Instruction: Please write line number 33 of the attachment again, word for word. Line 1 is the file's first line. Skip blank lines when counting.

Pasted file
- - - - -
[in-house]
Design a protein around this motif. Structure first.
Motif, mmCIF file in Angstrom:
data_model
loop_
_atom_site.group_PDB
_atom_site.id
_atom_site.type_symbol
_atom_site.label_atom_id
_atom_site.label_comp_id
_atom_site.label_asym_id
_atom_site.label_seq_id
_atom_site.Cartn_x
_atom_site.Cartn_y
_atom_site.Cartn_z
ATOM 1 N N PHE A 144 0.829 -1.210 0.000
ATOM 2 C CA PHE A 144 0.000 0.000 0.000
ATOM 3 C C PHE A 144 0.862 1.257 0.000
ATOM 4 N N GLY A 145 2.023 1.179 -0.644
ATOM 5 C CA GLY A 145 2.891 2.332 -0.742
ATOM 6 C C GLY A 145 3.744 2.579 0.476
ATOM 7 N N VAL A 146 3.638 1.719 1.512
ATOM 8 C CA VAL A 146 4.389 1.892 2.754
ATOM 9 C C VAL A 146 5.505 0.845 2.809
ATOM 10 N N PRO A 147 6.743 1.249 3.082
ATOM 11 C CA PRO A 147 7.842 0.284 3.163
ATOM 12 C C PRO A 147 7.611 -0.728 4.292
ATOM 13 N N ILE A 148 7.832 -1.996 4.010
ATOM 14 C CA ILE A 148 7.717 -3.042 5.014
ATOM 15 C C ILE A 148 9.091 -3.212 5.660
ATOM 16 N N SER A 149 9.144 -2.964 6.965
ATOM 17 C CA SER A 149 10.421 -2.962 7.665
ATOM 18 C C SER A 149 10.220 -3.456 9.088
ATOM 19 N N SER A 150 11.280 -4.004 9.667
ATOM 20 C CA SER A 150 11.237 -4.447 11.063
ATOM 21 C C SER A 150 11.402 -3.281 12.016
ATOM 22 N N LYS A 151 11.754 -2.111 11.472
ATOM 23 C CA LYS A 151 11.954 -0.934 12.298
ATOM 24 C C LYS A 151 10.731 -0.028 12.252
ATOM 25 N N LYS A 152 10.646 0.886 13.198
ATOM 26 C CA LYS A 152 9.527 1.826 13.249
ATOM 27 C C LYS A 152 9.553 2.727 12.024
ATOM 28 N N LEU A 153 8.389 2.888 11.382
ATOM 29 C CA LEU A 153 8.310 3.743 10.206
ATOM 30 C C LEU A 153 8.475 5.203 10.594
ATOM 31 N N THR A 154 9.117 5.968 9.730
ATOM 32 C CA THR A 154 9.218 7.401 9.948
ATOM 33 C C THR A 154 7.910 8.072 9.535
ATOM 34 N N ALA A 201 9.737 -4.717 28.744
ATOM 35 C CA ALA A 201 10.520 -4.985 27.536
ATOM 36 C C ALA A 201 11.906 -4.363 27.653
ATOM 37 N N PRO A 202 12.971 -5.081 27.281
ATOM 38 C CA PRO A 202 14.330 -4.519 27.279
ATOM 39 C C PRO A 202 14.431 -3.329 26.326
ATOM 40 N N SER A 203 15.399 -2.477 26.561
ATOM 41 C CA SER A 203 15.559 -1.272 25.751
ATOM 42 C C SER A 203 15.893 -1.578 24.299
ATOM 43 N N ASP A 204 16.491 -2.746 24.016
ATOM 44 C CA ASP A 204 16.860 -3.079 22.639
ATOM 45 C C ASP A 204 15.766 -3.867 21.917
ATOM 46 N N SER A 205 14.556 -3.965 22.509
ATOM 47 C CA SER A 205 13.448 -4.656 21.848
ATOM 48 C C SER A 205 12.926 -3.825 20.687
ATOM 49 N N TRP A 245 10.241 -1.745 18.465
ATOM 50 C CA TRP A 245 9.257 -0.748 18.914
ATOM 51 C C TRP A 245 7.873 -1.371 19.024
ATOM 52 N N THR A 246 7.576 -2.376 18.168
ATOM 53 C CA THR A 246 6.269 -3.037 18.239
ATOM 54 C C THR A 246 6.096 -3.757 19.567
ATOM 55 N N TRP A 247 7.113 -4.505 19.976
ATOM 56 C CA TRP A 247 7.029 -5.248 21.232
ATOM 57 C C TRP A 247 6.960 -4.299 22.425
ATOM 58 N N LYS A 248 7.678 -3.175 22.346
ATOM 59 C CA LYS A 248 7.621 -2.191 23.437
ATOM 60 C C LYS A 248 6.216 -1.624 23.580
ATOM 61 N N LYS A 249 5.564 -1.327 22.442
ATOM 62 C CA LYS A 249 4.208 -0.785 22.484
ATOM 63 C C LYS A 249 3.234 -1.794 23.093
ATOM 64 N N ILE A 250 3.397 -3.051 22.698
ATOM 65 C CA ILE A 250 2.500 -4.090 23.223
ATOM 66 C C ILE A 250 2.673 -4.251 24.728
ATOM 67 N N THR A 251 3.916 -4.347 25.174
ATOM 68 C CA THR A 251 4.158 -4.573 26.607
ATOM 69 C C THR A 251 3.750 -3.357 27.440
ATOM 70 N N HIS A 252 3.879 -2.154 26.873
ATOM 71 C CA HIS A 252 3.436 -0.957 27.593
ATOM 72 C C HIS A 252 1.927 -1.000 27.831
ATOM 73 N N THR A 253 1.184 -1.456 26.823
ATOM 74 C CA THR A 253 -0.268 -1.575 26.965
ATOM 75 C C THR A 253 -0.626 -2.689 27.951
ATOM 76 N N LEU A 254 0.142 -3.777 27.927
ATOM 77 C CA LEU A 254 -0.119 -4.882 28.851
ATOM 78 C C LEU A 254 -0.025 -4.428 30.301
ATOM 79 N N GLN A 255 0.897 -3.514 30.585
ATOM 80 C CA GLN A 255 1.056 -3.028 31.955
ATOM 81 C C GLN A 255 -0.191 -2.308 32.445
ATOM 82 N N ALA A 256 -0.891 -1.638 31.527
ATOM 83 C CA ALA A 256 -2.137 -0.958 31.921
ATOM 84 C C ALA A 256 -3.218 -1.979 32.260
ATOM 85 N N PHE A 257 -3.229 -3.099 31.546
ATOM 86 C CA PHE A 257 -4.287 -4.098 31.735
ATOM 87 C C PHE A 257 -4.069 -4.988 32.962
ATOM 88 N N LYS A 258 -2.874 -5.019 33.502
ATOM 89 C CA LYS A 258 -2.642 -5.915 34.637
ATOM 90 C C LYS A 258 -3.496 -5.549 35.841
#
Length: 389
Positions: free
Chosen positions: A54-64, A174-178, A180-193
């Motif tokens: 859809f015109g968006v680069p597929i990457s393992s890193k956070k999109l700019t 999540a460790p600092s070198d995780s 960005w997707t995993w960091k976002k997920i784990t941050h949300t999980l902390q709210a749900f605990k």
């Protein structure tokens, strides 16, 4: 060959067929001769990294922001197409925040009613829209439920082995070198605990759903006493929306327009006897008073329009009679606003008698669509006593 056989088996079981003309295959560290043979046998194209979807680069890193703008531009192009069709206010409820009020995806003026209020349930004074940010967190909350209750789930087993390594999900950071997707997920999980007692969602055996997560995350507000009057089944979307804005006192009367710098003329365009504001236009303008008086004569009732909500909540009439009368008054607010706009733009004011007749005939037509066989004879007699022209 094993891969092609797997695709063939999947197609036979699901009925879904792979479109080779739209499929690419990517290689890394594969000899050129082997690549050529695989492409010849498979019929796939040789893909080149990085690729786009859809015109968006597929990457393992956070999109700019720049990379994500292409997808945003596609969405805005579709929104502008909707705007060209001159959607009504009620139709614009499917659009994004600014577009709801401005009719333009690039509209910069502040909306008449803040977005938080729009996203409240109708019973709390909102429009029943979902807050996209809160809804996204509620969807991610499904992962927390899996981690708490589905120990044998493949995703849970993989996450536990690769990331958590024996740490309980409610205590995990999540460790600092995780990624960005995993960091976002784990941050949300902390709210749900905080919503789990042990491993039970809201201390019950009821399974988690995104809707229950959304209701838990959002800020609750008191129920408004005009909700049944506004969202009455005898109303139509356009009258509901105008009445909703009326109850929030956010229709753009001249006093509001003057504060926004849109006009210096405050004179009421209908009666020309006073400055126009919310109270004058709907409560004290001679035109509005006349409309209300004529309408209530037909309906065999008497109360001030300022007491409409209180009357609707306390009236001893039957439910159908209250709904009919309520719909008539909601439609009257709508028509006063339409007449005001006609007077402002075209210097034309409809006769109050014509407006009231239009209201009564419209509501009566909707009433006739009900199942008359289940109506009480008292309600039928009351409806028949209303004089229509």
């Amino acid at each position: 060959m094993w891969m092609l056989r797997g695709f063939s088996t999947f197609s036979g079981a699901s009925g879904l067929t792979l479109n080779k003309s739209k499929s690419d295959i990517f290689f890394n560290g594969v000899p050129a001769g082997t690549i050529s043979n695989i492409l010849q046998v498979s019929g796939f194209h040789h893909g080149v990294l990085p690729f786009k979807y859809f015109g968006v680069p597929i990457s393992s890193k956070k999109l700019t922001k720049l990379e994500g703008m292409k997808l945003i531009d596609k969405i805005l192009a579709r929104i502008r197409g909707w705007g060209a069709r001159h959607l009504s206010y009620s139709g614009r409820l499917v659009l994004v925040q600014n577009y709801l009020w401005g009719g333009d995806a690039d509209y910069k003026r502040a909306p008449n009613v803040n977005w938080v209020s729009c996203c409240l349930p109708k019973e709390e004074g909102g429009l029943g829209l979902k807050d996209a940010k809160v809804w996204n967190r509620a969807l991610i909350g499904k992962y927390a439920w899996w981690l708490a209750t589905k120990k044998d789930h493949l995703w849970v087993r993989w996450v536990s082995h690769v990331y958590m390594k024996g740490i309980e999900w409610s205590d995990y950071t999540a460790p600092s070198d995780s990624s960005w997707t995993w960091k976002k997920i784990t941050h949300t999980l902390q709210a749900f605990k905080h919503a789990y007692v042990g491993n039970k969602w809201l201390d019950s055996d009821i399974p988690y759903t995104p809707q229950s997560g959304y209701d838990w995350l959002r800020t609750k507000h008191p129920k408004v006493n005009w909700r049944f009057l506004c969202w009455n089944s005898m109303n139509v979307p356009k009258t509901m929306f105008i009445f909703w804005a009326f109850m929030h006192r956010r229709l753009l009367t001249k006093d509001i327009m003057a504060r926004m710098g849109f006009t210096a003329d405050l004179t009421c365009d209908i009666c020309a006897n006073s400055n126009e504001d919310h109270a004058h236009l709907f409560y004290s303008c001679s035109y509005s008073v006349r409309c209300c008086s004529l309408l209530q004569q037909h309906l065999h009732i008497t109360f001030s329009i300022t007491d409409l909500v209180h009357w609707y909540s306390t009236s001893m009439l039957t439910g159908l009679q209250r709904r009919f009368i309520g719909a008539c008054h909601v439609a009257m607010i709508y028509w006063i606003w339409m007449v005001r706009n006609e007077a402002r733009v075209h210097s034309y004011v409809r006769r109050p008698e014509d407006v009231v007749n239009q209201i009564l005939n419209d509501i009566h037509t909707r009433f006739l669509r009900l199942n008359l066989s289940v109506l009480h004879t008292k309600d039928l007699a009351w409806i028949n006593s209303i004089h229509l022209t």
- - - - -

ATOM 18 C C SER A 149 10.220 -3.456 9.088